4.2(65/38) = 7.2.
If there is a mistake it must be farther upstream. Maybe he lives in a warmer or colder place than Whistler.
http://www.degreedays.net/

akimbo 05-25-2009 10:22 PM

Quote:

Originally Posted by beenthere (Post 278436)
A conventional electric baseboard heater that uses 400watts(about the size used in a bathroom). Will provide 1,365 BTUs of heat.

One of those Econo heat panels that uses 400 watts will provide 1,365 BTUs of heat.

The bathroom size Econo is 260 watts. The 400 watt size will heat a 10 x 10 room. So I'm comparing what I think will be a 1500 Watt baseboard heater for a bedroom to a 400 watt Econo panel.

akimbo 05-25-2009 10:33 PM

Quote:

Originally Posted by Yoyizit (Post 278469)
You know I can't do math!

Well, he did use 750 gals in 180 days = 4.2 gals/day for the avg. 38 HDD for each day.
4.2(65/38) = 7.2.
If there is a mistake it must be farther upstream. Maybe he lives in a warmer or colder place than Whistler.
http://www.degreedays.net/


Sorry. The entire house is 2000 sq ft, however the basement suite doesn't get much of the air flow from the oil heater. They relied more on space heaters. The house is in Victoria which is a warmer place than Whistler, but it was a cold winter this year. It's Zone A: <= 3500 HDDs, the mildest zone in Canada--that's why we bought there :)

beenthere 05-25-2009 10:33 PM

When I said the size for a bathroom. I was refering to a standard/conventional electric baseboard heater. They are anywhere from 250 to 500 watts.

I wouldn't believe them 100% about a 400 watt heating a 10x10 room.(Same amount of heat as 4-100 watt light bulbs)

If that was true. Then if you got 12 of the 400 watt ones. You could heat your whole house with 4,800 watts. Or, 16,382 BTUs.

It will probably heat a 10x10 room at some temps, but don't bet on it being ablet to do so at your coldest winter temps.

akimbo 05-25-2009 10:54 PM

Quote:

Originally Posted by beenthere (Post 278498)
... I wouldn't believe them 100% about a 400 watt heating a 10x10 room.(Same amount of heat as 4-100 watt light bulbs)

If that was true. Then if you got 12 of the 400 watt ones. You could heat your whole house with 4,800 watts. Or, 16,382 BTUs.

It will probably heat a 10x10 room at some temps, but don't bet on it being ablet to do so at your coldest winter temps.

Yes, in fact I've read some user criticisms saying that on really cold days they were inadequate, but they were reporting from colder climates. Plus I would hope that a 400 watt convection heater would have better circulating efficiency than 4 light bulbs. :laughing:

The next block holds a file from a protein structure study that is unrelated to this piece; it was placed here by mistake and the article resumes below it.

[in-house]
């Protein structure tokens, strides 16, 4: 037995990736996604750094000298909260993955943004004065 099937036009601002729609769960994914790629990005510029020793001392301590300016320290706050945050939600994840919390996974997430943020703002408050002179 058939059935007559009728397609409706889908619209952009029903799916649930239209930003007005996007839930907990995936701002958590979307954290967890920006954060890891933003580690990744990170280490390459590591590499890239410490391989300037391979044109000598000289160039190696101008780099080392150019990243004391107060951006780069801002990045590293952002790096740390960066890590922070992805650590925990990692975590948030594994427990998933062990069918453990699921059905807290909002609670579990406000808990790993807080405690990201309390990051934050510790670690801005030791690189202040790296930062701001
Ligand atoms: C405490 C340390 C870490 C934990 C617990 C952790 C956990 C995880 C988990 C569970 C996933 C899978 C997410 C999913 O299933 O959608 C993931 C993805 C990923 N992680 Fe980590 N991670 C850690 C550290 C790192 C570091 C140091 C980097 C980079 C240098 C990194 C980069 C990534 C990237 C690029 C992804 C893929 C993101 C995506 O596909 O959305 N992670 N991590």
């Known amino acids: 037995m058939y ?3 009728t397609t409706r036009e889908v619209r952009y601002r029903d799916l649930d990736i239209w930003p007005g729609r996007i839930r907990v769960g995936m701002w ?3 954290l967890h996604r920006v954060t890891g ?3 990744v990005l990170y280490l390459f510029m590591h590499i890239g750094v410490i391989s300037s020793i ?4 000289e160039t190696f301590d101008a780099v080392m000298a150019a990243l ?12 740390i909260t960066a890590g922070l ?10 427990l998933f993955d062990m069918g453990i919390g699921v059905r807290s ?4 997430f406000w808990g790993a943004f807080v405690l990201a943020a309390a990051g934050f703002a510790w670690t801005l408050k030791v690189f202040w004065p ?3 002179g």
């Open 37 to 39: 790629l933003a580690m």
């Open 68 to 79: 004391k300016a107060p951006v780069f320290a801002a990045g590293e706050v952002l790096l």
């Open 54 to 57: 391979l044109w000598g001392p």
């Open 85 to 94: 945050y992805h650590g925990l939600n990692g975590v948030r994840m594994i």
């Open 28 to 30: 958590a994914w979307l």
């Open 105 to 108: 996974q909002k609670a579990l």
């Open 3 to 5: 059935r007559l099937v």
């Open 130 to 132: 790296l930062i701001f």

beenthere 05-25-2009 11:09 PM

Actually, 4 light bulbs of the proper type, would heat better.

Remember, convection means it heats the air.
Which is ok.

A light bulb heats objects by radiant heat, which means you feel warmer. Without creating cool air currents.

Heaters like that, are great for adding additional heat. To rooms that are hard to heat.
Or for rooms/areas that you don't heat all the time. And keep the registers closed when not using them. And don't want to have to turn up the stat, and heat the whole house. Just to heat that room/area for an hour.

akimbo 05-25-2009 11:31 PM

So, do you feel the same way about convection heaters, such as http://www.convectair.ca/caen/produi...gro.html#fiche. Our electrician is not familiar with the Econo Heat, but he has the Convectair and loves them; so does our contractor, but they are about $500 each. Think a 500 watt one would be no different than 5 light bulbs, or no different than a standard electric baseboard?

beenthere 05-25-2009 11:39 PM

Its just a pretty package.

For every watt consumed, you'll get 3.413BTUs of heat. The same as a conventional electric baseboard heater.

Those are probably never going to give you a crackling sound like a regular baseboard can when it gets old.
but, it wil cost the same, for the same amount of heat.

Yoyizit 05-26-2009 12:54 PM

For heat loss, your house is at d
.... .a..b..c.d
0....5.....10.....15..
out of a sample of four houses in North America.